A tornado swept through south Wichita on Saturday, causing significant damage but apparently no major injuries.
Boeing and Spirit AeroSystems took a direct hit, officials said, as did the Oaklawn neighborhood and a mobile home park.
Preliminary reports said 100 trailers in the mobile home park were damaged when the storm hit shortly before 10:30 p.m. In the Oaklawn area, two homes were destroyed and several others were damaged. Two residents were taken by ambulance to area hospitals, while many others were injured but did not go to the hospital.
In all, hospitals reported seeing about a dozen patients as a result of the storm in the metro area, which also left thousands of customers without power.
At nearby Spirit AeroSystems, six buildings were significantly damaged and four others had major damage.
A preliminary assessment by city and county officials estimated the overall loss in the Wichita area to be as much as $283 million.
At 12:25 a.m., Sedgwick County Commission Chairman Tim Norton declared a state of disaster, which will initiate an emergency plan and notify state officials that additional support and assistance may be needed. Gov. Sam Brownback declared a state of disaster emergency.
Pinaire Mobile Home Park near 52nd Street South and Clifton was heavily damaged, and in the middle of the complex a fire that was apparently caused by a ruptured gas line was burning.
Kristin Dean, who lives in the park, said she was one of 75 to 100 people who took refuge in the park’s shelter.
“Things were flying and everyone screamed,” she said. “We all kind of huddled together.”
She said the noise from the storm lasted 15 to 20 seconds. When it was over, she said, some trailers were on fire and others were missing.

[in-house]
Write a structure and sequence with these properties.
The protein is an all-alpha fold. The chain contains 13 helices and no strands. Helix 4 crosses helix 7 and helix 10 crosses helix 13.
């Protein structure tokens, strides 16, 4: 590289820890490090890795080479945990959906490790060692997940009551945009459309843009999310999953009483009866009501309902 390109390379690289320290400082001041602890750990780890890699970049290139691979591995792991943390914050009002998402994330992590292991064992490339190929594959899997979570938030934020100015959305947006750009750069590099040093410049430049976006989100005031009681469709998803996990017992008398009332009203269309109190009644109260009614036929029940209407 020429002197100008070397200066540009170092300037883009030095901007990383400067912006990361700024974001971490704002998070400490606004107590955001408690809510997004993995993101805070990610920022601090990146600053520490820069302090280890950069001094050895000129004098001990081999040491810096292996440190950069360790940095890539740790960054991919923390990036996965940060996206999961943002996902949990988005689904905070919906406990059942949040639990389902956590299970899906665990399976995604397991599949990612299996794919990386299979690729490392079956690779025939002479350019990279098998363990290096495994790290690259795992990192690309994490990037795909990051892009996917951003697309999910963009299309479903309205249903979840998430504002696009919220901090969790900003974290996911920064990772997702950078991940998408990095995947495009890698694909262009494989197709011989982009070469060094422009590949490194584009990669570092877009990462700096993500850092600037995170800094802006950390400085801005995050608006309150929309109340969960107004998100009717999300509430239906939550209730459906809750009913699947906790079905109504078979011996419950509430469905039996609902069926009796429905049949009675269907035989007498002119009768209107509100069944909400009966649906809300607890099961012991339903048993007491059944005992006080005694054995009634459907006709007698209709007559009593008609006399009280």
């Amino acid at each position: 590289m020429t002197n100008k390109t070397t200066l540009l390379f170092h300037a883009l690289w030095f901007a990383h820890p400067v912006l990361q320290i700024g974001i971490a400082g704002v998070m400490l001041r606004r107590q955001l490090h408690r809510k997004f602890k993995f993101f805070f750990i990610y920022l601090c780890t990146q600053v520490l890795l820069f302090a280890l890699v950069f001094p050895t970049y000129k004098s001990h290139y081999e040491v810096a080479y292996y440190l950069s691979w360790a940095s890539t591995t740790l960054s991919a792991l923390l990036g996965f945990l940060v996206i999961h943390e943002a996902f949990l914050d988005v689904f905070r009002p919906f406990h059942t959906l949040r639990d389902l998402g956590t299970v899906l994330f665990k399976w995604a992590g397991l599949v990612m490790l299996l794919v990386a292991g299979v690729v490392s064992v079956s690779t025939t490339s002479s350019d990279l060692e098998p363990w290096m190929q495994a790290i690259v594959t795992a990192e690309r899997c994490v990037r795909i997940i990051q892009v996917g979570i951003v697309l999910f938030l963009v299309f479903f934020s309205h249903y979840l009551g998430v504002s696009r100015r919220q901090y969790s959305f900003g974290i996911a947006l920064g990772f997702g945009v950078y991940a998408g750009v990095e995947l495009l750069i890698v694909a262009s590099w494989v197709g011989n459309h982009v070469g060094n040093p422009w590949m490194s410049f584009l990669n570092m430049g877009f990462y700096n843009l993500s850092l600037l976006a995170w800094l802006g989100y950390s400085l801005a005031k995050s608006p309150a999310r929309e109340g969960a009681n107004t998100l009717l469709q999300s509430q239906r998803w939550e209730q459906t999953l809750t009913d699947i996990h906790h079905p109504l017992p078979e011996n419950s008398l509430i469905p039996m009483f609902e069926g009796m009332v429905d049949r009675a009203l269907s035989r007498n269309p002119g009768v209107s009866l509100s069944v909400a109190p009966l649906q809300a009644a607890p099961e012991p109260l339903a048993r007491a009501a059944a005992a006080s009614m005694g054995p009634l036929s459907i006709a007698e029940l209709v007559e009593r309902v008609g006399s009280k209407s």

Power lines were down, she said, and car windows were broken. The smell of natural gas filled the air.
She said the park was “pretty much gone. It’s devastating, but you know, we’re alive.”
Emergency vehicles were having trouble getting to the park because of extensive damage to trees and power lines in the area. Many emergency responders arrived on foot.
Sedgwick County spokeswoman Kristi Zukovich said officials were still trying to assess the damage at midnight. She said officials were asking people to stay out of an area bounded by 39th and 63rd streets south, and Hydraulic and K-15, so emergency workers can get in.
Shortly after the storm – which swept up from Oklahoma and through Sumner County – residents of the park were shouting the names of family members who were missing. Other residents were asking people to be quiet so they could hear the voices of people who might be trapped in the debris.
Many residents were gathering at the entrance to the park.
Christine Moyer, who lives in the park, said she took cover in the park’s shelter just as what she described as a “skinny tornado” hit.
Among those gathered at 47th and Clifton after the storm was Pam Thurman of Belle Plaine. She and a fellow nurse, Toni Bowman of Wellington, drove to the area after hearing about the damage.
“We’re nurses,” Thurman said. “It’s what you’re supposed to do.”
Maria Silvers, who lives in Oaklawn, said she rode out the storm at a fire station in Derby along with 150 other people and a lot of pets.
The Red Cross dispatched four disaster assessment teams and opened a shelter at the Derby Recreation Center at 3 a.m. Sunday.
At Boeing, spokesman Forrest Gossett said the plant “took a direct hit.” A skeleton crew was on duty, he said, but there were no immediate reports of injuries. The company won’t be able to assess the damage until morning, he said.
At Spirit AeroSystems, part of the side of the manufacturing process facility was gone. The plant was without power and officials said six buildings were significantly damaged and four were left with major damage.
“It’s substantial,” said Spirit AeroSystems spokeswoman Debbie Gann.
There were no immediate reports of injuries. Debris lined MacArthur Road along the plant.
Spirit spokesman Jarrod Bartlett later said that the plant is suspending operations because of the damage. Spirit Employees scheduled to work Sunday should not report to work unless they are directly contacted, he said.